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Remembering the Lion

by Tom Brennan

It was my birthday, May 2, 1993, and Kevin Roberson was among a group of friends who had gone out to dinner with me to celebrate. When we were leaving the restaurant, I remember looking at Kevin and thinking how proud I was of that guy. How proud I was to have had a part in bringing him here, seeing what he’d done and would continue to do. Forget what he does in basketball, I thought, he’s just such a special person to so many people. I didn’t know, of course, that it would be the last time I’d see him.

Six days later we got the call that Kevin and his sister Michelle had been killed in an accident with a drunk driver. Hard to believe that sad day will be ten years in the past this spring. I’m amazed at his presence here still. He’s with us in this gym, on this campus, and in this town in so many ways.

We show every recruit we bring in a videotape of Kevin. If you come here, this is what you’re shooting for. If you can get anywhere close to this, then you’re going to have a fine, fine time at UVM. And we’re not just talking about blocking shots and making baskets. We’re talking about dignity and humility and determination and leadership.

Tough to say what gave Kevin more of a beating early on during his UVM days, Joe Calavita’s elbows or the engineering curriculum. Joe was our senior center, and he outweighed Kevin by easily a hundred pounds. It was a long time before Kevin made it through a full practice. He’d get hit, go to the bench and ice up, when the ice melted he’d come back on the court, get hit and start the cycle all over again. But he kept coming back.

Same thing with engineering. Kevin was determined to be an engineer, just like he was determined to play in the NBA and there was never any wavering in that. I remember him coming in here and opening his engineering textbooks on my desk, shaking his head and saying, “TB, look at this. Look at this.” Often he didn’t have one-tenth of a grade point more than he needed to have, but, you know what, he did it and he would have been a great engineer because he worked so hard.

Kevin put that same work ethic into his basketball. Kenny White, Kevin’s roommate, deserves a lot of credit for that. Kenny just raised the standard as far as what was acceptable for the work level of a University of Vermont basketball player and other guys bought into that. Kenny, Kevin, Matt Johnson, Rahim Huland El, and the Tarrant brothers, those guys all stood out as very hard workers.

Kevin was a hard worker, but he needed to be convinced that it was worthwhile. He never wanted to be on the road any more than he had to, for instance. A lot of coaching mentality is that you are going to war. You travel the day before the game, you hunker down, you have a meal, you go see a movie like Gladiator, and the next day you’re ready to go.

But Kevin liked to sleep in his own bed. He’d say, “Look, I’ve got these four engineering projects I’ve got to do. You know I’m going to run through the wall for you, TB, but really, there ain’t no need for us to go down there tonight.”

It got to the point where we stayed home when he wanted to stay home. He wanted to go, we went. When you know a guy’s going to give you fifteen points and fifteen rebounds, you listen to him.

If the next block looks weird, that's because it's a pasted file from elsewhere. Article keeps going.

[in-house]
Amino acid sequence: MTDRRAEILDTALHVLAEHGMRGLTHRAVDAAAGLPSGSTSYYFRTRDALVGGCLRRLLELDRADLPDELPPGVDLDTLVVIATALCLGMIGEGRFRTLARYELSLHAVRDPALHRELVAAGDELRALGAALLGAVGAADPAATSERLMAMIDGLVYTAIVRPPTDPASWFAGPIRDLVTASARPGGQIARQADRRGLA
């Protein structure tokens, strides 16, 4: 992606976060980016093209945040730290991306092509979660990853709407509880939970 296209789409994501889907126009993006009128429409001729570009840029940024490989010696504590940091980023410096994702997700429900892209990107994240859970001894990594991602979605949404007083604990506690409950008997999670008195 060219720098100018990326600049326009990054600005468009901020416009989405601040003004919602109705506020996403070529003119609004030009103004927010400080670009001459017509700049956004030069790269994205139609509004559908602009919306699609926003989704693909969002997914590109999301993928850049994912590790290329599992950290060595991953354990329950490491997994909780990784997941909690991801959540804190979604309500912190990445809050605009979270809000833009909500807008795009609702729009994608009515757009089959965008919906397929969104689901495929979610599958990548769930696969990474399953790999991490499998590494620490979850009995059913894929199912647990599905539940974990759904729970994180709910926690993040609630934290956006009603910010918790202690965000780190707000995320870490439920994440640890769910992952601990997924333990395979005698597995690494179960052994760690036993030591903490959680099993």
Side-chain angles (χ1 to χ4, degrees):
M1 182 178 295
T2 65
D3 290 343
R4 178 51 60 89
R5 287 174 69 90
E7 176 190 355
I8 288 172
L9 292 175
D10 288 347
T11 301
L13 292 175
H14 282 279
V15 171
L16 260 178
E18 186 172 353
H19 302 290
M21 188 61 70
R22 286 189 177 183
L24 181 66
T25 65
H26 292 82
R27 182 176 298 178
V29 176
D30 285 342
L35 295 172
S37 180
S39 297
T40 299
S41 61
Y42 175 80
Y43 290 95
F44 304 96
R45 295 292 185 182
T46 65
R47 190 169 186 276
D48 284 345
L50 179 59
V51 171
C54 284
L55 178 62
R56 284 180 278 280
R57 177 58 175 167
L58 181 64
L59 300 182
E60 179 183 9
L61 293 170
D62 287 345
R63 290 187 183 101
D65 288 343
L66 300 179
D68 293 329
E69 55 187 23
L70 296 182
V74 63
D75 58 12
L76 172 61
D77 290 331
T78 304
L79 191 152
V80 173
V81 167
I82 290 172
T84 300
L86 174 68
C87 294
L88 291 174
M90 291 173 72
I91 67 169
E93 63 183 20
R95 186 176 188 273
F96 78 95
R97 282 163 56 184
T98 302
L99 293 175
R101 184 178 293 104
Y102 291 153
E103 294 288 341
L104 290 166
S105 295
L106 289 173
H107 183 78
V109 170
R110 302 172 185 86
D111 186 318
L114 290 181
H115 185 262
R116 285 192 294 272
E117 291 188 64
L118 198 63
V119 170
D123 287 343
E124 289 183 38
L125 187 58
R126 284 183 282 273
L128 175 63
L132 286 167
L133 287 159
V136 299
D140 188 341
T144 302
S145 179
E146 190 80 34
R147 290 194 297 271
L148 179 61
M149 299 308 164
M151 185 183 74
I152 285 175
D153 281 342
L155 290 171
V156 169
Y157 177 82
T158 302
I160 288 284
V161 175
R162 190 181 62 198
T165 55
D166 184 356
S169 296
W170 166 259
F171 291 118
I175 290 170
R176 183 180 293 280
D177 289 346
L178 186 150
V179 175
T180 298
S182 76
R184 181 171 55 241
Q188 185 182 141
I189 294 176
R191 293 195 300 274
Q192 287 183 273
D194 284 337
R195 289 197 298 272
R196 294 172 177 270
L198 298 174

Freshman year, Kevin was nothing. Sophomore year, he really started to come on. Junior year, he was the man. I remember we had a game at St. Mike’s that season where he was really laboring around for most of it. He really didn’t get much done in the game, then all of a sudden, the last five or ten minutes of the game, Kevin just dominated, a take- your-breath-away type of performance.

I remember saying to the media after the game, “Lions may sleep eighteen hours a day, but when they wake up they’re still king of the jungle.”

After that, Kevin was always known as “The Lion” on our team. And it made sense, I think, because he really had great dignity. He was like royalty, always reminded me of that. Every year he just kept getting better and more dominating, but he never lost his carriage, his dignity.

He just had a good sense of who he was and what he was trying to do.

My first impression of Kevin had been how quiet and introspective he was. The more I got to know him, I saw that as one of his greatest qualities. He was a fabulous listener. He just had a way about him of listening, then saying something that not only made you laugh, but made you understand that he got it. He’d make a quick little joke, but it had some poignancy, a little message in it. He just got it, he got it from right away.

It was that kind of grace that allowed him to cross boundaries, to handle being a black student on a mostly white campus. At his funeral in Buffalo, there were 2,000 people there and 1,900 of them were black. And then we came back here and we had a memorial service and there were 1,500 people and 1,450 of them were white. I remember when I spoke at his funeral, I said that Kevin was the color of love.

We’ve got a mission statement for our basketball program that says we want to bring people here who are going to make the community better, make the university better, and make our team better. Kevin far and away did all of those things, and you can’t ask any more of a person than that. Lion, we miss you, man.

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